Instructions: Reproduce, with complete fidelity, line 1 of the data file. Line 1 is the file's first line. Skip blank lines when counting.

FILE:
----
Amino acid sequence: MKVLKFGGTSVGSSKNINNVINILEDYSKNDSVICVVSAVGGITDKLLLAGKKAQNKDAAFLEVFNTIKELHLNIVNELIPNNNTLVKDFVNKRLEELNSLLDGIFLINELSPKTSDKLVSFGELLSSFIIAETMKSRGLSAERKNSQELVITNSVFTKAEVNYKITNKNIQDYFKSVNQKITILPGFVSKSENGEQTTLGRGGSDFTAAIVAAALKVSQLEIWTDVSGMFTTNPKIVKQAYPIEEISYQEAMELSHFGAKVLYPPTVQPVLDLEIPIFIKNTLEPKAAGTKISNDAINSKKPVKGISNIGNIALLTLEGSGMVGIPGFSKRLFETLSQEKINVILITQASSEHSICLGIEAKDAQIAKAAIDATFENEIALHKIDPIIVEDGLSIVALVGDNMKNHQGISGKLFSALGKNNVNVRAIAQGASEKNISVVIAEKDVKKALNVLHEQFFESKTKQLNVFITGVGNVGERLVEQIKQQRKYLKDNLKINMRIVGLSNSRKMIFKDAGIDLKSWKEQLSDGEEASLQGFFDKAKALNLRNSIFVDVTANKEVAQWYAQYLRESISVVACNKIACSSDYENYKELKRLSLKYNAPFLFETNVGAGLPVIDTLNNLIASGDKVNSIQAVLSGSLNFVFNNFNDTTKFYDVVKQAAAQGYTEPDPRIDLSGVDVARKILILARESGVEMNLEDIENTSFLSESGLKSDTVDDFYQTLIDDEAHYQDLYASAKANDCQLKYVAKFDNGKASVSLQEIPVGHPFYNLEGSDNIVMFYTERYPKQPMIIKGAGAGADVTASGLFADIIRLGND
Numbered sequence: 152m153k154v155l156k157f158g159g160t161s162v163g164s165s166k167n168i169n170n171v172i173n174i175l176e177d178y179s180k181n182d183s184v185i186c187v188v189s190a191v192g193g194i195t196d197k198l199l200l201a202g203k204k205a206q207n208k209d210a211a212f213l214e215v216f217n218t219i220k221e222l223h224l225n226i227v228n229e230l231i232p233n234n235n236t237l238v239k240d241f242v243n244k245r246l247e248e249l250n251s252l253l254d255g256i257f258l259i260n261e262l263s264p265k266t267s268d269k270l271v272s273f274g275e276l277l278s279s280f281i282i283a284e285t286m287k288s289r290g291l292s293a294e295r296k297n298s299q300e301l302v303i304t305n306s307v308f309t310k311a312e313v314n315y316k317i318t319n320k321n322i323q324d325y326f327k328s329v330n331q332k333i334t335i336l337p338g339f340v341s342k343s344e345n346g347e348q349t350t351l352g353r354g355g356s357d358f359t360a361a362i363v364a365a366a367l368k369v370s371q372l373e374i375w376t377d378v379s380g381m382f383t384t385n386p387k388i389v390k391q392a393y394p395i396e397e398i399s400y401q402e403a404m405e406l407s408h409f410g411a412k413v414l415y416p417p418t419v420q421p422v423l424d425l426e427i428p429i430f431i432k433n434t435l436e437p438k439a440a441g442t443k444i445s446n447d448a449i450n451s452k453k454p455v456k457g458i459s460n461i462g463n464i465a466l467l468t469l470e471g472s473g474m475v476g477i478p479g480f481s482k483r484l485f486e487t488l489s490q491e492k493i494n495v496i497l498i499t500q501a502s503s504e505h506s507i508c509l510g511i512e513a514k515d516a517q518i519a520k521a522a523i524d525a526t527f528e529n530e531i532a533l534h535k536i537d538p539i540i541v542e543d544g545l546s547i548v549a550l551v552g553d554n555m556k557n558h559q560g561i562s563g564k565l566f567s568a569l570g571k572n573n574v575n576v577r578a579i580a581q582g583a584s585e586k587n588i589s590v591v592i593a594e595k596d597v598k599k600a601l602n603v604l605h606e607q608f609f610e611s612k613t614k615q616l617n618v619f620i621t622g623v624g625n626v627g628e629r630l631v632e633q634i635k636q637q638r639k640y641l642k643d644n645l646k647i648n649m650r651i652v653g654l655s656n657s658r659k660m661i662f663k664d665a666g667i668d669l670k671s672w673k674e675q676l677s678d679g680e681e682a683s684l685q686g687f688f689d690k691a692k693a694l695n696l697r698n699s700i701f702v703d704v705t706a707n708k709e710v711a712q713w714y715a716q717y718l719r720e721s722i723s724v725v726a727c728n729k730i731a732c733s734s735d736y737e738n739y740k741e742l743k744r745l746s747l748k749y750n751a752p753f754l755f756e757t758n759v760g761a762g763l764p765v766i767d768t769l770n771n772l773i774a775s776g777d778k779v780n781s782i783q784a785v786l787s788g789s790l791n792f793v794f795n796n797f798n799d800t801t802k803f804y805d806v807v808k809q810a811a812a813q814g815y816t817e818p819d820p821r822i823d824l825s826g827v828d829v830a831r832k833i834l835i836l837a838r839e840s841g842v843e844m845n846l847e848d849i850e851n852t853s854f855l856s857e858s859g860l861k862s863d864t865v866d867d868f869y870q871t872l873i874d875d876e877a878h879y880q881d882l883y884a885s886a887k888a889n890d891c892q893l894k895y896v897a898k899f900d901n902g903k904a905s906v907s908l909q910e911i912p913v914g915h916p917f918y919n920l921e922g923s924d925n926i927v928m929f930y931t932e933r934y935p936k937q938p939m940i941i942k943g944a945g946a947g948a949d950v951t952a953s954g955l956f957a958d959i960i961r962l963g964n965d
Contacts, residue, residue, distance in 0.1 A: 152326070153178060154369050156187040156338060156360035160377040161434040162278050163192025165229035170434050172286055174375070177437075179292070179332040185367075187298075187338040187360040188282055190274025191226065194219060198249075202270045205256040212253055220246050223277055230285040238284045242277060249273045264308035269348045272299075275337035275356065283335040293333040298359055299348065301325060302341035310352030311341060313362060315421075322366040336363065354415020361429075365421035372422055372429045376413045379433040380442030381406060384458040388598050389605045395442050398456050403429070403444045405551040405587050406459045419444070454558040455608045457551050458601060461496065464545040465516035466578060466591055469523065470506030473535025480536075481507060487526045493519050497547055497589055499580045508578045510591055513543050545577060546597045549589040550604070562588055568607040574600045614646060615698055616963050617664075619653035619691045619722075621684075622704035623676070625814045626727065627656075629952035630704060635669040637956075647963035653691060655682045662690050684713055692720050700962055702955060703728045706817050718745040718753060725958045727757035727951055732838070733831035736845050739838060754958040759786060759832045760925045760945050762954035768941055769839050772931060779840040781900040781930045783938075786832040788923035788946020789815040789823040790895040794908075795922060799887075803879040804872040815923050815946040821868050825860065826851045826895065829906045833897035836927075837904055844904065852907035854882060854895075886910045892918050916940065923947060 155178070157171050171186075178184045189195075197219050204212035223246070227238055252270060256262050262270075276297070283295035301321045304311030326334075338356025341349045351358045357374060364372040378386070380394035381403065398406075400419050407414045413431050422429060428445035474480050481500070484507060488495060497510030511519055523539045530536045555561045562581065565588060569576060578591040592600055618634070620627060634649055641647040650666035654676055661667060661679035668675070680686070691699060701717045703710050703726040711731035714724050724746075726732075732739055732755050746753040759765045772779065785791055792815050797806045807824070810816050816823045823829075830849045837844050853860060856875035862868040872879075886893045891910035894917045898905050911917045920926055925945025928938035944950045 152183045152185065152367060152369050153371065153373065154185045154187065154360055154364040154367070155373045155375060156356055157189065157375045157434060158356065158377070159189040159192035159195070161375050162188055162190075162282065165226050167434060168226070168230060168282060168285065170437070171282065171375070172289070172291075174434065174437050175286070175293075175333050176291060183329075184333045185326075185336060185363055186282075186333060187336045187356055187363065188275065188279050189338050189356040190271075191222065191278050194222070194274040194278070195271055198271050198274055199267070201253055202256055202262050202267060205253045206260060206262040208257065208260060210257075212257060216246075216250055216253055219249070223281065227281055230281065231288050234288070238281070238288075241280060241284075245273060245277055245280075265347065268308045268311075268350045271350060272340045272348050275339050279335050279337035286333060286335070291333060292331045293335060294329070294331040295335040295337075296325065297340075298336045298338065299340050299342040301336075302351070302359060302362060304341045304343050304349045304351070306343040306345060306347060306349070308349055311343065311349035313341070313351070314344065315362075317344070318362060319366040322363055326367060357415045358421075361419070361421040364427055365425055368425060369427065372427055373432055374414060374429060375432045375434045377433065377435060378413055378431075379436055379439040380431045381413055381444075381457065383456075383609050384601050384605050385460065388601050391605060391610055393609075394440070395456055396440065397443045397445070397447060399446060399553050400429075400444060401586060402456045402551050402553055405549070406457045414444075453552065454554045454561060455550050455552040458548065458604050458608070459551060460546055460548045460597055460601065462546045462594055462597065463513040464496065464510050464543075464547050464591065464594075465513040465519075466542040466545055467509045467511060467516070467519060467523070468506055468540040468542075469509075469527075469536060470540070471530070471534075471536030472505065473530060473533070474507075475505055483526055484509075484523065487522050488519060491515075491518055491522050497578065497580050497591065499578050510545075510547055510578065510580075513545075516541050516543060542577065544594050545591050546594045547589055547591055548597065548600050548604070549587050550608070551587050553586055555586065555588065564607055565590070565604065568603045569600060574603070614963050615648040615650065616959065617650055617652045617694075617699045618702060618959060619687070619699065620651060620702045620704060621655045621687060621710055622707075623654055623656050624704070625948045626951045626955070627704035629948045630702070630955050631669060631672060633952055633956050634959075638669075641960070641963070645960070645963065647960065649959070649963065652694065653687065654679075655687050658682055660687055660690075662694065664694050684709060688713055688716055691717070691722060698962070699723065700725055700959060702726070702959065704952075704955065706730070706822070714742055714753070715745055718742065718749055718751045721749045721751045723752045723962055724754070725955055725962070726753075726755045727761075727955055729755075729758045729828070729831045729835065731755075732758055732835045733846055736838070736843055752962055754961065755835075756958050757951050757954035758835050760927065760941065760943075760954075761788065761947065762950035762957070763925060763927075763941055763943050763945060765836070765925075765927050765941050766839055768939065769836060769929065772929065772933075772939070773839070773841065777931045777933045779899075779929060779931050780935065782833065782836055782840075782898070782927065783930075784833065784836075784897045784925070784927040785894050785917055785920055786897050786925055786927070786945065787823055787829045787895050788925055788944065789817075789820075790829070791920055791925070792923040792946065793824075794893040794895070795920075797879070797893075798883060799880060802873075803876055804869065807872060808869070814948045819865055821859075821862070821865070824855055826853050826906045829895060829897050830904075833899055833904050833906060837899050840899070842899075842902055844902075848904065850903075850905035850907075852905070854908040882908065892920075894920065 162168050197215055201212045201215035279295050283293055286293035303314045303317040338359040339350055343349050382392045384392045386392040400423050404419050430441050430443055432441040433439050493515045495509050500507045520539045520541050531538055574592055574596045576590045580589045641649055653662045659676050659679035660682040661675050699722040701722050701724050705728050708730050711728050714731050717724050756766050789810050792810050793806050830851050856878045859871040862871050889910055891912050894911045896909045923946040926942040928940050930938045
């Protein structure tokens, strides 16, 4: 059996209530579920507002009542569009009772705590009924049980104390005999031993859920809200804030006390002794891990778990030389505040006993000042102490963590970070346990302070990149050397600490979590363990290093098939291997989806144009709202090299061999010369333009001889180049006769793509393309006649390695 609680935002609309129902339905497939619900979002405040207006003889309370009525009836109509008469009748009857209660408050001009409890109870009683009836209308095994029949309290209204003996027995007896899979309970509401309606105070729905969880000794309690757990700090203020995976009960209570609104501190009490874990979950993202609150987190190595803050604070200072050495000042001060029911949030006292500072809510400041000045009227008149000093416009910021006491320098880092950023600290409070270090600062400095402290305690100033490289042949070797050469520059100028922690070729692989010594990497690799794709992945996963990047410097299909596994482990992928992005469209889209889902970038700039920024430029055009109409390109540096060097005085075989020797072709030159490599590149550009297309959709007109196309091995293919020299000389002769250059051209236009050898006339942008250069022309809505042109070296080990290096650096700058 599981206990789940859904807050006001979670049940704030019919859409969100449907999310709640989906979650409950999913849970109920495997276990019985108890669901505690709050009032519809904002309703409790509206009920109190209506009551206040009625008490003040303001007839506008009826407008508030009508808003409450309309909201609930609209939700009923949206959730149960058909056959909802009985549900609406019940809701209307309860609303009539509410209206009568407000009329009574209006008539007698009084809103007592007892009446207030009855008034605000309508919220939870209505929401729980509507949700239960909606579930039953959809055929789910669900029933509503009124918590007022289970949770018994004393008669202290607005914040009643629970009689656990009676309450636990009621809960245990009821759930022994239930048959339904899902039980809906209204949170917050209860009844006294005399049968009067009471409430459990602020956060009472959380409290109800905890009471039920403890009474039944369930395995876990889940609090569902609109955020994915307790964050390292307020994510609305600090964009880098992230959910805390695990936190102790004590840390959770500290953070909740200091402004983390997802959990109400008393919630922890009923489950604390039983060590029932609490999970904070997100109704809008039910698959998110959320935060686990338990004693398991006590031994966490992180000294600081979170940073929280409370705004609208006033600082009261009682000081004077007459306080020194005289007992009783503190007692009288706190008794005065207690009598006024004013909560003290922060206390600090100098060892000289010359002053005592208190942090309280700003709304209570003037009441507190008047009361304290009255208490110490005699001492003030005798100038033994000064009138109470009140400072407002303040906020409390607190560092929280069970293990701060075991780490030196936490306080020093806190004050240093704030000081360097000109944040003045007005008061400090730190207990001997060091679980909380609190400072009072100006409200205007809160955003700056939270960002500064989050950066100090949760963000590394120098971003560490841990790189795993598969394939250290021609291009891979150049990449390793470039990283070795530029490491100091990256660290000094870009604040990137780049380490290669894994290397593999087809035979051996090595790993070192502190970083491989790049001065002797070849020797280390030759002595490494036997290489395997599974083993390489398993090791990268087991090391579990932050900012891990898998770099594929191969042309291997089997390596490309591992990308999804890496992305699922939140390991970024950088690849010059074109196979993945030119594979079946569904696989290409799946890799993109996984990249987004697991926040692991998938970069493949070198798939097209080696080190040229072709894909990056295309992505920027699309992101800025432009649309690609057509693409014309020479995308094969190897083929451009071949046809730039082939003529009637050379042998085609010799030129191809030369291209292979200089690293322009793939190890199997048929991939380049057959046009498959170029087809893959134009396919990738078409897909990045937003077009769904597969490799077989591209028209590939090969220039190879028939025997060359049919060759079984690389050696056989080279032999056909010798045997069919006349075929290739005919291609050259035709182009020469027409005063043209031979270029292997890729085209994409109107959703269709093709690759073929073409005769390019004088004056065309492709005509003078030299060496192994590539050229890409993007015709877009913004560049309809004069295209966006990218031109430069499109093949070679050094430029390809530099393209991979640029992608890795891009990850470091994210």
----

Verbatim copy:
Amino acid sequence: MKVLKFGGTSVGSSKNINNVINILEDYSKNDSVICVVSAVGGITDKLLLAGKKAQNKDAAFLEVFNTIKELHLNIVNELIPNNNTLVKDFVNKRLEELNSLLDGIFLINELSPKTSDKLVSFGELLSSFIIAETMKSRGLSAERKNSQELVITNSVFTKAEVNYKITNKNIQDYFKSVNQKITILPGFVSKSENGEQTTLGRGGSDFTAAIVAAALKVSQLEIWTDVSGMFTTNPKIVKQAYPIEEISYQEAMELSHFGAKVLYPPTVQPVLDLEIPIFIKNTLEPKAAGTKISNDAINSKKPVKGISNIGNIALLTLEGSGMVGIPGFSKRLFETLSQEKINVILITQASSEHSICLGIEAKDAQIAKAAIDATFENEIALHKIDPIIVEDGLSIVALVGDNMKNHQGISGKLFSALGKNNVNVRAIAQGASEKNISVVIAEKDVKKALNVLHEQFFESKTKQLNVFITGVGNVGERLVEQIKQQRKYLKDNLKINMRIVGLSNSRKMIFKDAGIDLKSWKEQLSDGEEASLQGFFDKAKALNLRNSIFVDVTANKEVAQWYAQYLRESISVVACNKIACSSDYENYKELKRLSLKYNAPFLFETNVGAGLPVIDTLNNLIASGDKVNSIQAVLSGSLNFVFNNFNDTTKFYDVVKQAAAQGYTEPDPRIDLSGVDVARKILILARESGVEMNLEDIENTSFLSESGLKSDTVDDFYQTLIDDEAHYQDLYASAKANDCQLKYVAKFDNGKASVSLQEIPVGHPFYNLEGSDNIVMFYTERYPKQPMIIKGAGAGADVTASGLFADIIRLGND